Great Western Railway (Tasmania)

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The Tasmanian Great Western Railway was a proposed railway that was never built to connect Hobart with the west coast during the 1890s mining boom in Tasmania. It would have passed through a route somewhat similar to the current Lyell Highway through the northern edge of South West Tasmania into the west coast

It was a proposal by business interests to utilise Hobart on the east coast, rather than the west or north west coast ports.[1] However the proposal was not a simple idea that failed - but a play between rival companies and regions [2]

In 1896 two rival companies lobbied for permission to build railways from Hobart to the west. The Great Western Railway Company, promoted in Melbourne, planned an electric railway from Glenora to Mount Lyell and Zeehan.... The theoretical plans of the rival syndicates passed as genuine currency in Hobart, where the Mercury printed a huge red and black map


The Great Western railway proposal was part of a complex play of political and business interests between the three regions of power in Tasmania that were relatively balanced in the 1890s through to the time of the First World War - after which the distribution was never balanced again.[3] The solution of the North West Route to Burnie and the rise of the Mount Lyell Mining and Railway Company and Emu Bay Railway routes saw the Great Western Railway proposals vanish in time.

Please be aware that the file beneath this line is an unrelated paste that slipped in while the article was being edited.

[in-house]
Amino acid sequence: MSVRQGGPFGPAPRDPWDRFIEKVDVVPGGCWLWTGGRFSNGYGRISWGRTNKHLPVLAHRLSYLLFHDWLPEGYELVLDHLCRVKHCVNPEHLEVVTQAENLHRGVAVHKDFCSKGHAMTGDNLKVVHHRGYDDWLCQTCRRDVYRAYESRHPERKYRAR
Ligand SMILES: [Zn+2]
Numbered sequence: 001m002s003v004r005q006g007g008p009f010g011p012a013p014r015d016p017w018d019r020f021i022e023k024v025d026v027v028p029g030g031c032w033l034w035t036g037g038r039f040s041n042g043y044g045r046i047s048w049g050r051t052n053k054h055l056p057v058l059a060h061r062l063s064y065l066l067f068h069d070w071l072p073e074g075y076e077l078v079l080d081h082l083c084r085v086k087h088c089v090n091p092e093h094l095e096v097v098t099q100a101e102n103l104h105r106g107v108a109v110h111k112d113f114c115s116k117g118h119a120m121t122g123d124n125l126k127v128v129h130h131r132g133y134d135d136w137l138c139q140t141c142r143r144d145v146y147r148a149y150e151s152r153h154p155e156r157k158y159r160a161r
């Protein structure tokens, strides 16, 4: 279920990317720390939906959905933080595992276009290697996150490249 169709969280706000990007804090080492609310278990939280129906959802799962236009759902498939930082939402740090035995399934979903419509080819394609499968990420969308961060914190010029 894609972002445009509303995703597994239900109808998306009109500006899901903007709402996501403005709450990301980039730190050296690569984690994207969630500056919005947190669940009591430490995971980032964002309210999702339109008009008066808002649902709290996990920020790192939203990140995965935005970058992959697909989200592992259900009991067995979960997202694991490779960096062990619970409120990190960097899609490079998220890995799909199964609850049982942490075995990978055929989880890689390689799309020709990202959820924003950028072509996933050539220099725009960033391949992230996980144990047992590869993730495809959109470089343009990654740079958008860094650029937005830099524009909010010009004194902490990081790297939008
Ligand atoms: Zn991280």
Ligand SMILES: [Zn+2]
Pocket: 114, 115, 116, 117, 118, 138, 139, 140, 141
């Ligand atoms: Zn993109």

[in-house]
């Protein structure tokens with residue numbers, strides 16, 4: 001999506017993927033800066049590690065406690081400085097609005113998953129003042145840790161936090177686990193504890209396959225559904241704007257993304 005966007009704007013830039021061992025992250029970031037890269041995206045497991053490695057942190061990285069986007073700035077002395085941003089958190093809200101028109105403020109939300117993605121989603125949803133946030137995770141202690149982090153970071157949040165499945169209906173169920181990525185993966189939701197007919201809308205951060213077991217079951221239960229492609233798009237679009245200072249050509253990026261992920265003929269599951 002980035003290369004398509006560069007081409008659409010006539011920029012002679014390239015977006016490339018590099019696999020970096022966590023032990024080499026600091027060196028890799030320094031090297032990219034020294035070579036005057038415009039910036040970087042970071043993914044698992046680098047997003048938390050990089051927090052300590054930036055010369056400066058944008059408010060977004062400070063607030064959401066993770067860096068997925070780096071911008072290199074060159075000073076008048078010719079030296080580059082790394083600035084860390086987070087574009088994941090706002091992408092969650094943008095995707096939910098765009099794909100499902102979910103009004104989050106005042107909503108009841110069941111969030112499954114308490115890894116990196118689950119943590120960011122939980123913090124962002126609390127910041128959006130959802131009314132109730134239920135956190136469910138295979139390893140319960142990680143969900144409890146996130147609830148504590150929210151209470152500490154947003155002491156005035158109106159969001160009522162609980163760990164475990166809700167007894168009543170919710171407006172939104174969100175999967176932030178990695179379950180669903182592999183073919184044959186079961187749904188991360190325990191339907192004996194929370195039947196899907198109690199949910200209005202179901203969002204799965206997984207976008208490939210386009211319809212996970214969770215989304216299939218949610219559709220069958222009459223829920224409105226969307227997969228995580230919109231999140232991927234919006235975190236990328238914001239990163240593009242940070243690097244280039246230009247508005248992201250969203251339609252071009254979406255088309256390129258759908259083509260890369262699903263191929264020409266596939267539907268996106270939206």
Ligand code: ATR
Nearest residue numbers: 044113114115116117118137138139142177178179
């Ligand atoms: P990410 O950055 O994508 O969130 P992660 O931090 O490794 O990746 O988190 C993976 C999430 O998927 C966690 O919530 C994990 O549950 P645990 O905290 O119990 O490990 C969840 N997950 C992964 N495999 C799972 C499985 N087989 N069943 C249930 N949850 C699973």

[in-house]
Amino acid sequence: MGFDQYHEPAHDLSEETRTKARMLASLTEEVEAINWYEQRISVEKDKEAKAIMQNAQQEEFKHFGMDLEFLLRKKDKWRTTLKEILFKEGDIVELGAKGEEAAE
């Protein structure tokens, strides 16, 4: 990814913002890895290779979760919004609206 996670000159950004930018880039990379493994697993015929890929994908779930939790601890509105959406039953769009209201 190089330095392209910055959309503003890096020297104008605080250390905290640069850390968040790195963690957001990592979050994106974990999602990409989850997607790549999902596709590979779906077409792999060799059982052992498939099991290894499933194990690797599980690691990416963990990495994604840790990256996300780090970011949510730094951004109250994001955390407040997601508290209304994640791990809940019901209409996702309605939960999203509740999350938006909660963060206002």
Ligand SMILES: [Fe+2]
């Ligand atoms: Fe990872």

See also[edit]


  1. ^ a b Blainey, Geoffrey (2000). The Peaks of Lyell (6th ed.). Hobart: St. David's Park Publishing. ISBN 0-7246-2265-9. 
  2. ^ For a full appreciation of the players and the details of the 'wars' - Geoffrey Blainey's The Peaks of Lyell - chapter 13 'The Railway War pp112-133 and Glyn Roberts Metal Mining... - chapter 19 pp 363-380 Access to the West Coast give different and useful approaches to the events
  3. ^ Geoffrey Blainey's 'Population Movements in Tasmania, 1870-1901', in Tasmanian Historical Research Association, Papers and Proceedings, vol.3, 1954, pp.62-70. 'The Rise and Decline of the West Coast', in Tasmanian Historical Research Association. Papers and Proceedings, vol.4, 1955, pp.66-74. both articles give an early view on the Tasmanian regional rivalries and the resolution through the downfall of the west Coast influence